Transfer pricing is usually considered an international affair, but state governments, like there larger national brethren, have increasingly, and painfully, come to realize that inter-state transfer pricing has become a leaky valve in serious need of “professional” attention, if states are going to try and stem, if not reverse the outflow of state tax revenues and shore up their depleted state budgets.
So it is perhaps not surprising that the Multistate Tax Commission (MTC) announced at this winter’s Audit Committee meetings, that former executive director Dan Bucks would head up an advisory group of state tax directors to design and develop the outlines of a state transfer pricing audit program, with preliminary recommendations due by December 2014 and a final plan for submission and approval to the full membership in time for its annual meeting in July 2015.
It was a year ago that the New Jersey Division of Taxation Director, Michael Byron challenged the MTC in creating a separate, dedicated transfer pricing audit program, or risk a coalition of states splintering off and developing its own program. Byron’s request came after that states—or more specifically, the District of Columbia—suffered a string of transfer pricing defeats for its “do it yourself” Chainbridge Software approach for computing transfer prices and asserting tax adjustments against several major companies.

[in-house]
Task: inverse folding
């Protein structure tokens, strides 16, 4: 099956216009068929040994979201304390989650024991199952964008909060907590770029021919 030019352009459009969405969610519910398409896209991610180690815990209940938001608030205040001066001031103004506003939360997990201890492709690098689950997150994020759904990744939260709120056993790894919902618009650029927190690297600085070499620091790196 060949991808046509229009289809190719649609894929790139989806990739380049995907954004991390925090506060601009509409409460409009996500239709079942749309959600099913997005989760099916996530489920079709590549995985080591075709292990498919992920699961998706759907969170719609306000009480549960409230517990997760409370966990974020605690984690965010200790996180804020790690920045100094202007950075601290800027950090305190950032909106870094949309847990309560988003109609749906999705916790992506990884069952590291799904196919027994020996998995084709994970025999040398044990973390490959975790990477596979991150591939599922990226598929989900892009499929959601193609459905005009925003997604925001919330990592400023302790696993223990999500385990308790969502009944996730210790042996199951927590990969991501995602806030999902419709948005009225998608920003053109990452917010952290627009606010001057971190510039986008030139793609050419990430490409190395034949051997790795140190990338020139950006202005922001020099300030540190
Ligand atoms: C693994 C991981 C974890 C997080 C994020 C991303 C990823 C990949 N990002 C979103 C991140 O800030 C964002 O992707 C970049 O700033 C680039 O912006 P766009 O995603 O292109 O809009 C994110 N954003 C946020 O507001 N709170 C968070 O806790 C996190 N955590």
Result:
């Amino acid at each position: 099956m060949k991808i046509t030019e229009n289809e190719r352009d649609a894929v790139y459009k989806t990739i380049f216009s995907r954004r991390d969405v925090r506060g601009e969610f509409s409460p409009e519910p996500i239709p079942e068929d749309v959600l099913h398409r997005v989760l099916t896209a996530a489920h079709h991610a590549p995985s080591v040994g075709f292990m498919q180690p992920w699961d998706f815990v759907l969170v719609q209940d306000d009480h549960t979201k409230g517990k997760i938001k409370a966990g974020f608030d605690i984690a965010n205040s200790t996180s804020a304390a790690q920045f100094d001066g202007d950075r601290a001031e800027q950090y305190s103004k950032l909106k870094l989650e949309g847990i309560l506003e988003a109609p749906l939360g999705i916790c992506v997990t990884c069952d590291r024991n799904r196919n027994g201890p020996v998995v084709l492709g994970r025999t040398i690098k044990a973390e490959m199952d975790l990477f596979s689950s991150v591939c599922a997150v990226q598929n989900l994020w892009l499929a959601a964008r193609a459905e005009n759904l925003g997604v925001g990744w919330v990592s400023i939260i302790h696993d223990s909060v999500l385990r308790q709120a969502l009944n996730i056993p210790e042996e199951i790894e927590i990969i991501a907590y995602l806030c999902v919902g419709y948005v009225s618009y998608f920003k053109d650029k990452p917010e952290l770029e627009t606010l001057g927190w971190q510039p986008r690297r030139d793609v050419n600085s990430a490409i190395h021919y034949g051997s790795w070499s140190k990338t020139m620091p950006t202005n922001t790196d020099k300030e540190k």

In announcing the project, current executive director Joe Huddleston, noted that more than a dozen states had come forward in with support, and more importantly, funding to launch the development phase of the program. Interestingly, the support comes from both separate entity states and combined reporting states. Bucks said that combined reporting states are likely to be interested in transactions between the unitary group and other related parties outside the legally limited group, such foreign related parties, or so-called 80/20 domestic entities.
At this stage, according to Bucks, the MTC program is likely to be comprised of three types of services:
Pre-audit services, consisting of analysis and audit selection, training services, and transfer pricing policy and best practices development;
Audit services, including economic services; and
Post-audit services, including legal assistance with litigation, expert witness and economic services.
Interestingly, Bucks said the program is “not a 482 project,” noting that most states are not bound by federal rules, and that states were seeking to develop their own approaches to arm’s length adjustments that were simpler, more certain and more effective—perhaps, profit split, safe harbors, required minimum profit percentages, etc.
Despite its claims to differentiate and distance itself from its national and international counterparts, the MTC transfer pricing project is not all that dissimilar to the OECD/G20, and its Base Erosion and Profit Shifting (BEPS) project, which is equally inclined to eschew traditional transfer pricing concepts, and equally ambitious in its timetable to implement change.
It will be interesting to see if Mr. Bucks and the MTC are any more successful in achieving consensus or effective resolution of transfer pricing matters at the state level than has been the case with attempts of the various national governments.